In a recent study researchers say they have found that the drug toremifene, also known as Fareston, used to treat breast cancer decreased patients' cancer incidence after 12 months of treatment. All dose levels were found to have some impact, but the 20-milligram dose had the greatest effect.
514 patients in the study had high-grade prostatic intraepithelial neoplasia, characterized by abnormal cells in the lining of the prostate ducts. Patients either received a placebo or a daily dose of toremifene in a 20-milligram, 40-milligram, or 60-milligram amount. Results from 12-month biopsies show a 48-percent reduction in prostate cancer incidence for patients taking the 20-milligram dose of toremifene compared to those on placebo.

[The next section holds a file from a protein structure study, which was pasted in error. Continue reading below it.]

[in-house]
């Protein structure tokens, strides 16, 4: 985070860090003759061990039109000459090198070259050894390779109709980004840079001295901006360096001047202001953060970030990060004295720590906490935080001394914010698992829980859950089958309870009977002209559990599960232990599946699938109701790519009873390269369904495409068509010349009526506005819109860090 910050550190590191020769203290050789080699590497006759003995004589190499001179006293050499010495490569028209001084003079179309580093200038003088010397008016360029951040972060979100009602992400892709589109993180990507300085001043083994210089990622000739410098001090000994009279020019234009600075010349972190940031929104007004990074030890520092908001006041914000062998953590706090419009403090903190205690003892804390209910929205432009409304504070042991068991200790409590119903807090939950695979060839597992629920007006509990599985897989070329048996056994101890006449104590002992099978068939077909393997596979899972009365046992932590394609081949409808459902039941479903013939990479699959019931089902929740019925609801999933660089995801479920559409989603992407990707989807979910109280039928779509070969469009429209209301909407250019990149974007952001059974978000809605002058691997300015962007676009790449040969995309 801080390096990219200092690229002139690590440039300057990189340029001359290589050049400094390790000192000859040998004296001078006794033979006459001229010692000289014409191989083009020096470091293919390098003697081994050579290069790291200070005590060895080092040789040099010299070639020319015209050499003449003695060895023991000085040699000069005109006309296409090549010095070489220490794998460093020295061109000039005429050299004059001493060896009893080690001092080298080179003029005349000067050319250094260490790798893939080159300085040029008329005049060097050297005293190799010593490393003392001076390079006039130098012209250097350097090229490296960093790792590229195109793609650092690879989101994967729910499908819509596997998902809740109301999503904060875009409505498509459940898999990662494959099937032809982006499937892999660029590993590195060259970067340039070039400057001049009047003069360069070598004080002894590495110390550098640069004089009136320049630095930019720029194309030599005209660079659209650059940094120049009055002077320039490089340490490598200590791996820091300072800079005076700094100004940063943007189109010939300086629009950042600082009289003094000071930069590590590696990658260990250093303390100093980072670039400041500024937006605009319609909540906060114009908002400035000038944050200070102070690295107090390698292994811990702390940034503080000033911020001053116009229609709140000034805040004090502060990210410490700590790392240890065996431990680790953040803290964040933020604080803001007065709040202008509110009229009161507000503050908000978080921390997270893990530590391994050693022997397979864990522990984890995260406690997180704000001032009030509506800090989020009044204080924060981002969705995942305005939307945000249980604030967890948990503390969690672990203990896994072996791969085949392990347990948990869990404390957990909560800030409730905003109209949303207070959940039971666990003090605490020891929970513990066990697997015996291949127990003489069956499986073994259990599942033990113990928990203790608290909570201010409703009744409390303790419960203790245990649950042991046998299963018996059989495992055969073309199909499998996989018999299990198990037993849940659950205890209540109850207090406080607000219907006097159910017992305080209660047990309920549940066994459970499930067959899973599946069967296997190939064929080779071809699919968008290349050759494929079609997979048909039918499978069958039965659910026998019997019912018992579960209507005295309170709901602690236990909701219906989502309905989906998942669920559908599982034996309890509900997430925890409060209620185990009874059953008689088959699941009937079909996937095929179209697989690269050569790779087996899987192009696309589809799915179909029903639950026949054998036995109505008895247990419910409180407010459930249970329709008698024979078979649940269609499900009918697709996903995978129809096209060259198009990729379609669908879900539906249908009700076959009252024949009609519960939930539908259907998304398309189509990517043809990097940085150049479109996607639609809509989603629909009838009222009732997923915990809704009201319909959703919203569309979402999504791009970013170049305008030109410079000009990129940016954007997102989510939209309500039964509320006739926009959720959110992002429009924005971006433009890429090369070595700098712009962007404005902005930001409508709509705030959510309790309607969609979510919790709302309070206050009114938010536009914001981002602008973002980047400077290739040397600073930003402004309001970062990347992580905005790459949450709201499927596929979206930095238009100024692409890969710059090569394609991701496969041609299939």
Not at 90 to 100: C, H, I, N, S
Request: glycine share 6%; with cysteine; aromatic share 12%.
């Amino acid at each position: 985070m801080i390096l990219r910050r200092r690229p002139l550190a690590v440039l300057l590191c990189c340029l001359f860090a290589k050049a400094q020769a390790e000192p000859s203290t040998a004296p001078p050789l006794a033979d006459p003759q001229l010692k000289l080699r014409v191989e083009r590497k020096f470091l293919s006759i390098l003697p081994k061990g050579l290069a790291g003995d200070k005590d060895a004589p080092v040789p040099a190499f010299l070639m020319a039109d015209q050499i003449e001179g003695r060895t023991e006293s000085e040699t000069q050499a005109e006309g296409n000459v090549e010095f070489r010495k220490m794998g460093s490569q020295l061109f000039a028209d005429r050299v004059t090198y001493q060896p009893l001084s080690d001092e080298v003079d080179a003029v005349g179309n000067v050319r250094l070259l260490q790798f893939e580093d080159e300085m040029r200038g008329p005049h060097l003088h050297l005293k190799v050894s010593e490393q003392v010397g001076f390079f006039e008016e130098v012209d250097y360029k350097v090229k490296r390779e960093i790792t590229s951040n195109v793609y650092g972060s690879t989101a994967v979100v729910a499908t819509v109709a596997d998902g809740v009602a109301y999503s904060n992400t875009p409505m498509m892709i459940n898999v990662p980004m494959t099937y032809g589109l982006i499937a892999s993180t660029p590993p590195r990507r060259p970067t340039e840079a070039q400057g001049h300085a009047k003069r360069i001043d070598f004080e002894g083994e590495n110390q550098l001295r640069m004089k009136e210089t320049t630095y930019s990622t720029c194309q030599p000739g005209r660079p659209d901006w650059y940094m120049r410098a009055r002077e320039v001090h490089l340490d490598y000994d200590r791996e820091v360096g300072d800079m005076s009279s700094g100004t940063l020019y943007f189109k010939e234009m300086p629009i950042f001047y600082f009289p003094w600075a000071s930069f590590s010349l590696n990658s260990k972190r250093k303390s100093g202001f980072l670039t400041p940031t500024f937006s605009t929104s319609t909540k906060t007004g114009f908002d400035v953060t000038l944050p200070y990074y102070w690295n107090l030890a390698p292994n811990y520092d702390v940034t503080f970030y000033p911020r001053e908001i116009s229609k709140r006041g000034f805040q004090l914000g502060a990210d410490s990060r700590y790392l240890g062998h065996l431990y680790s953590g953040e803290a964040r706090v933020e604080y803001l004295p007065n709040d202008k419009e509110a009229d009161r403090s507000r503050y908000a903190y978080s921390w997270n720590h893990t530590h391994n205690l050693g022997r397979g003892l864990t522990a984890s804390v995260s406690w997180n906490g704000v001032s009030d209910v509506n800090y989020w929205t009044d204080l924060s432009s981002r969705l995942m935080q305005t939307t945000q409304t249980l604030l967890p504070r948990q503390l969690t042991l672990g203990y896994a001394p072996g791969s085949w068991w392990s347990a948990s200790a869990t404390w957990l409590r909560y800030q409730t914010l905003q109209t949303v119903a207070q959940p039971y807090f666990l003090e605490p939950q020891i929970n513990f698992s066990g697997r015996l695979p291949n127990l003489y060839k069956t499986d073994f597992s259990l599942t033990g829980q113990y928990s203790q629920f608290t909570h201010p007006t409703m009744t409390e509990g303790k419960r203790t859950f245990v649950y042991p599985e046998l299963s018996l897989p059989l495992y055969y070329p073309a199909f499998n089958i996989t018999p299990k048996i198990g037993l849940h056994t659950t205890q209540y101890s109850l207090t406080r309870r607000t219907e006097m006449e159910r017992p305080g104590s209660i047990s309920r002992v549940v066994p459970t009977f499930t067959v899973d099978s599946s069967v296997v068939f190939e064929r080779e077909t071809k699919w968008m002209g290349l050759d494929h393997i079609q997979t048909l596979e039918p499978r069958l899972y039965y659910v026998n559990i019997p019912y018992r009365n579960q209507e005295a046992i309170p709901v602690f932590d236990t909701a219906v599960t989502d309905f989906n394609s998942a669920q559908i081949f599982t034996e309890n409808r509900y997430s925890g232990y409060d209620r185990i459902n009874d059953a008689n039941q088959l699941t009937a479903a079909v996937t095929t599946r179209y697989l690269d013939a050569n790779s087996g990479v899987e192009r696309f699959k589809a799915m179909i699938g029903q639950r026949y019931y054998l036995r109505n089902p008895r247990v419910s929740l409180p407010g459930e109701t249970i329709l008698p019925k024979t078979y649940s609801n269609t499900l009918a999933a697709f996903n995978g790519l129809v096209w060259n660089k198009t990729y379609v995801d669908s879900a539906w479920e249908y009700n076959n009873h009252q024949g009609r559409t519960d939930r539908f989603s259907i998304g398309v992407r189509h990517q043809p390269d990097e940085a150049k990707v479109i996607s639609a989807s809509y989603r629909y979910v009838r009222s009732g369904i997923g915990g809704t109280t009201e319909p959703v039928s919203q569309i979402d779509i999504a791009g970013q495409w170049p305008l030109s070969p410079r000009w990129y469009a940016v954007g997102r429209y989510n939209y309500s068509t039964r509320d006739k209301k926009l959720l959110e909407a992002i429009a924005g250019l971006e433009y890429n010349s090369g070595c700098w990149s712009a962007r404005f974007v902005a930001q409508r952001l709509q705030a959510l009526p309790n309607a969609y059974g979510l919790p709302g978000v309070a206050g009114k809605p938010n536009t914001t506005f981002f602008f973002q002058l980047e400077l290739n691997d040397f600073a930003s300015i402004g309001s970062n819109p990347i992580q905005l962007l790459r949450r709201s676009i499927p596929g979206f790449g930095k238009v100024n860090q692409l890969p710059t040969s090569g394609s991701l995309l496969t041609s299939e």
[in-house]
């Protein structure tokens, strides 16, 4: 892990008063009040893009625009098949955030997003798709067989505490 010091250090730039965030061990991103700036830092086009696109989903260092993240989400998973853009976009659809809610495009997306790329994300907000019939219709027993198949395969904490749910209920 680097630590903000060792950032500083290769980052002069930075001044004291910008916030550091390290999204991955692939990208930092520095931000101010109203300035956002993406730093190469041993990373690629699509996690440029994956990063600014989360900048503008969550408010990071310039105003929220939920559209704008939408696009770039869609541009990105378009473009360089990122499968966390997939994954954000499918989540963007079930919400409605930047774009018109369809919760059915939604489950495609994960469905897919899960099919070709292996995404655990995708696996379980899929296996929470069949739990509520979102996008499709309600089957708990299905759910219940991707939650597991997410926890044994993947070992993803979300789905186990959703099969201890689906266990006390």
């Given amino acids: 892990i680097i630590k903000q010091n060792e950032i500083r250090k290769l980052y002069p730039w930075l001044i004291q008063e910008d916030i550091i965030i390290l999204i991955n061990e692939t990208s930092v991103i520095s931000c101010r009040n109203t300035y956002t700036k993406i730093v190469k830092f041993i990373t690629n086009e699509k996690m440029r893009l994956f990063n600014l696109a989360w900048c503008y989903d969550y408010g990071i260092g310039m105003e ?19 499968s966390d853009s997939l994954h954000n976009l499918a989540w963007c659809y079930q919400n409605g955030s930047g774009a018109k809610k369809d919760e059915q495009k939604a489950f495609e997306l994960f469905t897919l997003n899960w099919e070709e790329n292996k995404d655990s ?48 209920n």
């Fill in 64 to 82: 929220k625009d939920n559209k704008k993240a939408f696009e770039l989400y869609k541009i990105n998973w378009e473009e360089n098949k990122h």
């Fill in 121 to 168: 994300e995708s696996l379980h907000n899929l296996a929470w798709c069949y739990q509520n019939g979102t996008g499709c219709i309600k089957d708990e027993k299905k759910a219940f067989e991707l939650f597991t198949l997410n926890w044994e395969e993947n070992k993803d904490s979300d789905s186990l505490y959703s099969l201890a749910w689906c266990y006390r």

Researchers in the current study say: "With no effective treatment options available, doctors and patients often feel defenseless against the onset of prostate cancer. Fortunately, these results offer a promising new preventative approach to prostate treatment. A chemopreventive agent like toremifene is a first step toward the possibility of stopping prostate cancer before it starts and gives patients and doctors a chance to fight this pervasive disease."